Forever Fit camp teaches kids healthy habits

Campers participate in a Zumba session during Forever Fit Summer Camp.

INDIANAPOLIS (WISH) – Indianapolis kids are in the midst of an intensive 6-week summer camp built around a healthy lifestyle and weight loss. Forever Fit Summer Camp is a day-camp running from June 15 to July 24 on a 24-acre farm on the northwest side.

The camp is in its fifth year and serves 35 kids ages 8 to 12 during a critical time of physical and emotional development while they struggle with weight.

“All the time we hear parents say they want to help their kids but they don’t know how,” says Joan SerVaas, president of the Children’s Better Health Institute – which runs the grounds where the camp takes place.

The day camp program was designed in collaboration with physicians, obesity researchers, dietitians, exercise physiologists and health experts and manages to keep kids very active from the moment they arrive each morning between 7:30 a.m. and 8:15 a.m. until they leave at 5 p.m.

The campers are required to walk two laps around a paved trail on the property that stretches 0.6 miles – for a total of 1.2 miles before breakfast. The only time they sit down is during meal times and journaling which accounts for no more than 2 hours out of the 9 hours they spend on the property each day.

Campers step into the chicken coop to check on the hens as part of their daily chores.
Campers step into the chicken coop to check on the hens as part of their daily chores.

“You come to fitness camp and we do laps in the morning and then you eat breakfast, you do chores, we go in the garden and pick up weeds and put tomatoes or vegetables in there,” says Trey Hall, a rising 5th grader spending his first summer at Forever Fit.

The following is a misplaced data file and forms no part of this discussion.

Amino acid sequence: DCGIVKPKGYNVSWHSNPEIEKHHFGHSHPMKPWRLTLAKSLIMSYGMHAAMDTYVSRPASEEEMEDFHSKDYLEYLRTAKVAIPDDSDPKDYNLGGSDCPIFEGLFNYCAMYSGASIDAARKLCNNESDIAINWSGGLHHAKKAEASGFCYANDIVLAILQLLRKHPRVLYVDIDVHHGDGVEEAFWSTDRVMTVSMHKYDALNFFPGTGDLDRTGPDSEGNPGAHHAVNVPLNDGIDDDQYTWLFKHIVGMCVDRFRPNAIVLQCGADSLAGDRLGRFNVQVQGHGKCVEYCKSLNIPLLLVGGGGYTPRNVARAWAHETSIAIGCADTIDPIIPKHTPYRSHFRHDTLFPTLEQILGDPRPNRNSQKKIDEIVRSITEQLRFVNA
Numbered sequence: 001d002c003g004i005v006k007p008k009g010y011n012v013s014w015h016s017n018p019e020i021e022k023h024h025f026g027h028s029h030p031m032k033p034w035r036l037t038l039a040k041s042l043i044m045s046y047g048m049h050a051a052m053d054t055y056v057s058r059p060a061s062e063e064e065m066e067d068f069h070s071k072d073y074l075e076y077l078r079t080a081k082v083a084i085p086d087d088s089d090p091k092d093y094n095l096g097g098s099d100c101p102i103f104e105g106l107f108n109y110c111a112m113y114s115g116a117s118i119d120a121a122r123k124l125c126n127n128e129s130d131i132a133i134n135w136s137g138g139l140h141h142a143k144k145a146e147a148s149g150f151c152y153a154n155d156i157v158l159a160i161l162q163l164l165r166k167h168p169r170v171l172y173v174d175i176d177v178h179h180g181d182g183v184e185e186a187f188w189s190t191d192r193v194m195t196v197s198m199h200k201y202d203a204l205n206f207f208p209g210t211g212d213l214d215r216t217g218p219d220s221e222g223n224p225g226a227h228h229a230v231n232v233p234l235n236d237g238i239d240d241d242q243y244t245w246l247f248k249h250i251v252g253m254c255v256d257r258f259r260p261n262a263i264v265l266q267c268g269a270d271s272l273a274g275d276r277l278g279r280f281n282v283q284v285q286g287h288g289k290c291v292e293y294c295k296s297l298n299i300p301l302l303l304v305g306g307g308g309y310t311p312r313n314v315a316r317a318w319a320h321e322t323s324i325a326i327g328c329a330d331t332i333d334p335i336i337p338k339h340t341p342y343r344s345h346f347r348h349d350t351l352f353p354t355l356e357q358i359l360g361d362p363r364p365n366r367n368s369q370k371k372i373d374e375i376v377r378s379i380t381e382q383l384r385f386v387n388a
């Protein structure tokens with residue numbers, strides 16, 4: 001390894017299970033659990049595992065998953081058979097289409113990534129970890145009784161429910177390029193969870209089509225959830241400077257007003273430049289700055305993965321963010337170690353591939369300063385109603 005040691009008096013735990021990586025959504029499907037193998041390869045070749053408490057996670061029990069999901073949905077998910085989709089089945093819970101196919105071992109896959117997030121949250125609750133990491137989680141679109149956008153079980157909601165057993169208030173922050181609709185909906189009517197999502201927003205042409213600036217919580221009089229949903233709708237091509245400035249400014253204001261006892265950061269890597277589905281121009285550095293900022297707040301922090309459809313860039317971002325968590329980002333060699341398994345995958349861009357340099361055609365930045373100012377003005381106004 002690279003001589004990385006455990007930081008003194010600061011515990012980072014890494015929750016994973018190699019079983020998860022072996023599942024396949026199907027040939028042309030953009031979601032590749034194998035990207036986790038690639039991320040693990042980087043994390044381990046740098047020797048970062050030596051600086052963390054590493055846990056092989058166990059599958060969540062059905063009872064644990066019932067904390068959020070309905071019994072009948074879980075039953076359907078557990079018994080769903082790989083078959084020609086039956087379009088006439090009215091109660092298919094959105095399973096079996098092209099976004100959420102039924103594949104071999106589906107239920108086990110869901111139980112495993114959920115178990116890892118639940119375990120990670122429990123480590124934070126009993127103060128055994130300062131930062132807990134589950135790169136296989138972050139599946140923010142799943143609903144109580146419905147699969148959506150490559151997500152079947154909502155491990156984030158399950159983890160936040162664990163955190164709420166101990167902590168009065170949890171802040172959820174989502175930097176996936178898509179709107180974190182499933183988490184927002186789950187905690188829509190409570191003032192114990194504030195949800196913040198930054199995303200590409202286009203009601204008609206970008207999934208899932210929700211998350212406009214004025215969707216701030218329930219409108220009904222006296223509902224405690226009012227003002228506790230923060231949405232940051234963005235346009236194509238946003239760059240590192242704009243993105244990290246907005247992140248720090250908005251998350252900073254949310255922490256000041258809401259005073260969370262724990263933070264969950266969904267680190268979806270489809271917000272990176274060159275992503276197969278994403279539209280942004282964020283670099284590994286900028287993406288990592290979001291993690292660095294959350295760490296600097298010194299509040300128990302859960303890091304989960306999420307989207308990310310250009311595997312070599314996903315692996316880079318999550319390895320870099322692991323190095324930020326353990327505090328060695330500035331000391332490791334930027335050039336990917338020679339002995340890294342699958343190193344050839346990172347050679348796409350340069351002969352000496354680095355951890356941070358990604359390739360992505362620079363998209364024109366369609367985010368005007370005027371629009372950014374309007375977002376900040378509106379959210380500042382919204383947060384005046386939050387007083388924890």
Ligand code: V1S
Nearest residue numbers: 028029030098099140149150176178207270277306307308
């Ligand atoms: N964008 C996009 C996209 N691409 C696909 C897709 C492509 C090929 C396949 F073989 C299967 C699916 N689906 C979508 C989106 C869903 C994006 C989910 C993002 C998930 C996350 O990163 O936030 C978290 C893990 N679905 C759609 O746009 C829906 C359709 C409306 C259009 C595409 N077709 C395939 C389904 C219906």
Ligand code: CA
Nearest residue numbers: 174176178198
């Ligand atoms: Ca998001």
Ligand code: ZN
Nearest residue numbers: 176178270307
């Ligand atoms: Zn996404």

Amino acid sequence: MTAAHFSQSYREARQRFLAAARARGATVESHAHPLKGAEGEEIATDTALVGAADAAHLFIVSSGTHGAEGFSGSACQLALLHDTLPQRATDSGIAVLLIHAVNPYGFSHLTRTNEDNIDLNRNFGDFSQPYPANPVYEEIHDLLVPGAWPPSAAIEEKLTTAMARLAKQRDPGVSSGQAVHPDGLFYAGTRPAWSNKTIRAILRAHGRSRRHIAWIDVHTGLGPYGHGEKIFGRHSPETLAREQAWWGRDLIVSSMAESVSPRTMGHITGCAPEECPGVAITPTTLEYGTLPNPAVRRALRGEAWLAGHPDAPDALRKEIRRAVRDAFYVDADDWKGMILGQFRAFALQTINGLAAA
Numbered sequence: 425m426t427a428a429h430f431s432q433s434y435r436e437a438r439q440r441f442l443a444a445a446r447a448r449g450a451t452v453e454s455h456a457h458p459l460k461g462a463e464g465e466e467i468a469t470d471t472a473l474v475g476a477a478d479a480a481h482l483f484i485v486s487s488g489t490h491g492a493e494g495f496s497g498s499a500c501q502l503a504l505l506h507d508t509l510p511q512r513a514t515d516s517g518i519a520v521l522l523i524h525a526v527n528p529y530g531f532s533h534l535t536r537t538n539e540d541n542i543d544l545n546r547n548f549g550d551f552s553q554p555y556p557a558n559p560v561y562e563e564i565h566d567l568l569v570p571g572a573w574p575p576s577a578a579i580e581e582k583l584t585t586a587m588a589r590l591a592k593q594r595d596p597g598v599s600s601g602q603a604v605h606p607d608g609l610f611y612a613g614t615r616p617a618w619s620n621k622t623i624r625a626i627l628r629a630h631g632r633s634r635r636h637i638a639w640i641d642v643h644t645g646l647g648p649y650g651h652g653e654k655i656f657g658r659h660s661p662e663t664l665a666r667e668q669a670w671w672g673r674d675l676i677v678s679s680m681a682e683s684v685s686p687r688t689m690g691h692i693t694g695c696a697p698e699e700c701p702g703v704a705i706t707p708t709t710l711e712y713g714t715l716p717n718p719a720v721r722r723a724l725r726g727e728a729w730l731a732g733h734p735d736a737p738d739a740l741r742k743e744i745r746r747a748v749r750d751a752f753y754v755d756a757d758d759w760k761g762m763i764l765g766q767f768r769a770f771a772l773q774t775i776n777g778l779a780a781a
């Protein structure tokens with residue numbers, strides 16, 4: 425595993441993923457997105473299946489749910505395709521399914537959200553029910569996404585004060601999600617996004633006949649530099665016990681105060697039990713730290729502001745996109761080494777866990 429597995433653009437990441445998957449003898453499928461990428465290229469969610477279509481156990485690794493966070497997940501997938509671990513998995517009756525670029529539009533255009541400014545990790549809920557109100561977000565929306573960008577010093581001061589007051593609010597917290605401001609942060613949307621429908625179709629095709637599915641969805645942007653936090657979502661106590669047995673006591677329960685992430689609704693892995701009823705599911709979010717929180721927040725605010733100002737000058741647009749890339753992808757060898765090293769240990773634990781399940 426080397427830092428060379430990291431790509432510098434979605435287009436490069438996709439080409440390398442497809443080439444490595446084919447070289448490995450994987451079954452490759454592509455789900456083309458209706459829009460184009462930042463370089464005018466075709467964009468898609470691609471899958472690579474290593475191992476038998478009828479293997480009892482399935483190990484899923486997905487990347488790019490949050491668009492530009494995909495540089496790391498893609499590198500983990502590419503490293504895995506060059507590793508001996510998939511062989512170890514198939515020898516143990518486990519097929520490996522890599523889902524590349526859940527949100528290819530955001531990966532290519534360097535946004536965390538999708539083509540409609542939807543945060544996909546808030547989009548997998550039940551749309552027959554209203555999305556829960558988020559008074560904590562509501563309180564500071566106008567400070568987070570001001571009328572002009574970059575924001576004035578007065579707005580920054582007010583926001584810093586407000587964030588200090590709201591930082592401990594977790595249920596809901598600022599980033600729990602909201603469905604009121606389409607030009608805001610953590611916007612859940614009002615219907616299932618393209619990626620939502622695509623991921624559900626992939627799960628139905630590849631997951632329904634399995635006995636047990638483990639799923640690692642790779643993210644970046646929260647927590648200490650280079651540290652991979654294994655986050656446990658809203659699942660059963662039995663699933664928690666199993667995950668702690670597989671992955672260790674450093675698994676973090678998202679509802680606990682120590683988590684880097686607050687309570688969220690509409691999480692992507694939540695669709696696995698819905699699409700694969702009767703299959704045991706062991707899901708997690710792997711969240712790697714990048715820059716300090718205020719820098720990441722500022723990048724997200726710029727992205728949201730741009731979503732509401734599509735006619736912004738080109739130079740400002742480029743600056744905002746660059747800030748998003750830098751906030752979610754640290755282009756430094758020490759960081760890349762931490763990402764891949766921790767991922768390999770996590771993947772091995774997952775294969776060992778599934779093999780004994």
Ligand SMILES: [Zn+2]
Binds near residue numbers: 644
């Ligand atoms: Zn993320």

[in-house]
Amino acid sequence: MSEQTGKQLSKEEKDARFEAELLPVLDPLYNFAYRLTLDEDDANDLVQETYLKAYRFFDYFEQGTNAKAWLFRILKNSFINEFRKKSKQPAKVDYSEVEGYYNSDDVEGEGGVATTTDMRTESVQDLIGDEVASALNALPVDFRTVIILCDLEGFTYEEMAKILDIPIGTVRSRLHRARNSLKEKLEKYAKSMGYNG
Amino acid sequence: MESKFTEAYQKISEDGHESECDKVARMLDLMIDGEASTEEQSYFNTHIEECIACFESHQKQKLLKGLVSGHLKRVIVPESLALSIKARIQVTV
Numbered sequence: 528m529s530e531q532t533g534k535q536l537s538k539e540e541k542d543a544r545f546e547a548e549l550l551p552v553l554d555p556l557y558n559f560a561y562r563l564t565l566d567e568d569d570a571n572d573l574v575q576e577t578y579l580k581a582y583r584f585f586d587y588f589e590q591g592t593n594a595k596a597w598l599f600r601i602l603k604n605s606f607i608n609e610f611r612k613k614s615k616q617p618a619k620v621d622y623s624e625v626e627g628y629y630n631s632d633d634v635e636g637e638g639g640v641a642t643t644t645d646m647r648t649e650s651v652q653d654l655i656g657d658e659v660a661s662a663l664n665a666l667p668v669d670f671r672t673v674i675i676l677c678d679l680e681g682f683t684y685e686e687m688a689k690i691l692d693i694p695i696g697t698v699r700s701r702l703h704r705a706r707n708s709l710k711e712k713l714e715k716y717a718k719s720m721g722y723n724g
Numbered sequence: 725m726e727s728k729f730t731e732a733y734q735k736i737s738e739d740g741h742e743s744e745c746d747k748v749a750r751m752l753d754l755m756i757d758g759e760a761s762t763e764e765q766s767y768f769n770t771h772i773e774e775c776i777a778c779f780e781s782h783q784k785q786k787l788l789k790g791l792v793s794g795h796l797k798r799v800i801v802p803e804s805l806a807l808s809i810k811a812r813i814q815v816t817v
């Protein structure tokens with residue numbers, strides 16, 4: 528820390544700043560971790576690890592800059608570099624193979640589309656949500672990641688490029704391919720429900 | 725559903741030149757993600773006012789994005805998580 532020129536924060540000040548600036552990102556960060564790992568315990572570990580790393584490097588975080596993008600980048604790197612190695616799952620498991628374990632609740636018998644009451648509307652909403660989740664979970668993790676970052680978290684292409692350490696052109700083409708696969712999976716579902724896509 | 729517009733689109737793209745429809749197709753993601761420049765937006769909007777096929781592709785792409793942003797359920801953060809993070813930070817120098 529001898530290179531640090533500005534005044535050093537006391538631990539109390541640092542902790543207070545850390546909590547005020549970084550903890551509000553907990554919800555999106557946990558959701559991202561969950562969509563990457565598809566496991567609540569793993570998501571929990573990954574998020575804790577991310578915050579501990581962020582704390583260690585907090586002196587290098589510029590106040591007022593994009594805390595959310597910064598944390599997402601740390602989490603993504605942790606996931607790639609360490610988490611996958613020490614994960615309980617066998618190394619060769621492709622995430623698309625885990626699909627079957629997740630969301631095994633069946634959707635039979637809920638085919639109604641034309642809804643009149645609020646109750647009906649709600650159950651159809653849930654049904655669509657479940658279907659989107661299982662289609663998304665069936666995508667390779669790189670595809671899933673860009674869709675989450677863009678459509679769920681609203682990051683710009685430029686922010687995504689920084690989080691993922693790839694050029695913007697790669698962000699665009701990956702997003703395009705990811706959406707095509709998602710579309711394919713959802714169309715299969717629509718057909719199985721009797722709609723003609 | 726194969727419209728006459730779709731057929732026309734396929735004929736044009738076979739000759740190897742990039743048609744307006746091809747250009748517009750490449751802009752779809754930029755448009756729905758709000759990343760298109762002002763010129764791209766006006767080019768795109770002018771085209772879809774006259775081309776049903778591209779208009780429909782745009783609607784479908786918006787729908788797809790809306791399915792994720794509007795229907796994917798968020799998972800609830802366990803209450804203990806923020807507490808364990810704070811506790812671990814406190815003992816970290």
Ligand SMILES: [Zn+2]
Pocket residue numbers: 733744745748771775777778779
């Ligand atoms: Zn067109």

The chores consist of cleaning up the kitchen after meals, fetching eggs from the hens on-site, planting vegetables, weeding the garden and learning to cook the produce that’s grown on the farm.

“It’s not that hard to get kids outside to move around and play but also do activities where they’re learning things,” says SerVaas.

Activity is key during Forever Fit as campers take part in a Zumba class on the property's tennis court.
Activity is key during Forever Fit as campers take part in a Zumba class on the property’s tennis court.

The kids also enjoy fun activities like Zumba, swimming and biking in between learning about nutrition and portions.

“We just try to do a healthy balance of introducing the kids to some new foods they’ve never tried or maybe a healthy spin on kid favorites,” says Sam McClintic, one of two students of dietetics on staff for the summer.

McClintic is responsible for cooking and creating a weekly meal plan that includes breakfast, lunch and an afternoon snack.

“I think a lot of the time these kids are hearing some of this stuff for the first time,” says McClintic.

Unlike many “weight” camps, Forever Fit focuses on long-term behavioral change. In each of the last four years the camp has been in existence, 90 percent of all campers lost weight, improved BMI and improved their resting heart rate.

Rising 6th grader Onivea Adams is attending Forever Fit for the third summer in a row.

“It’s about fitness combined with exercise — and its also important to have fun and not change yourself, but change how you eat and how you exercise,” says Adams.

After breakfast, campers learn about portion control during their nutrition lesson.
After breakfast, campers learn about portion control during their nutrition lesson.

The camps costs $100 per camper per week, but about 80 percent of the campers’ families pay either $0, $25 or $50 based on their family income.

During the 6 week summer camp, parents attend weekly sessions conducted by a psychologist that focus on how to incorporate lessons learned by the kids that week. After the summer program, kids come back once a month with their parents for a food demonstration and group meeting where they exercise together.

“We’re the intensive program that will help start a behavioral change and now you take it from here, mom and dad,” says SerVaas.

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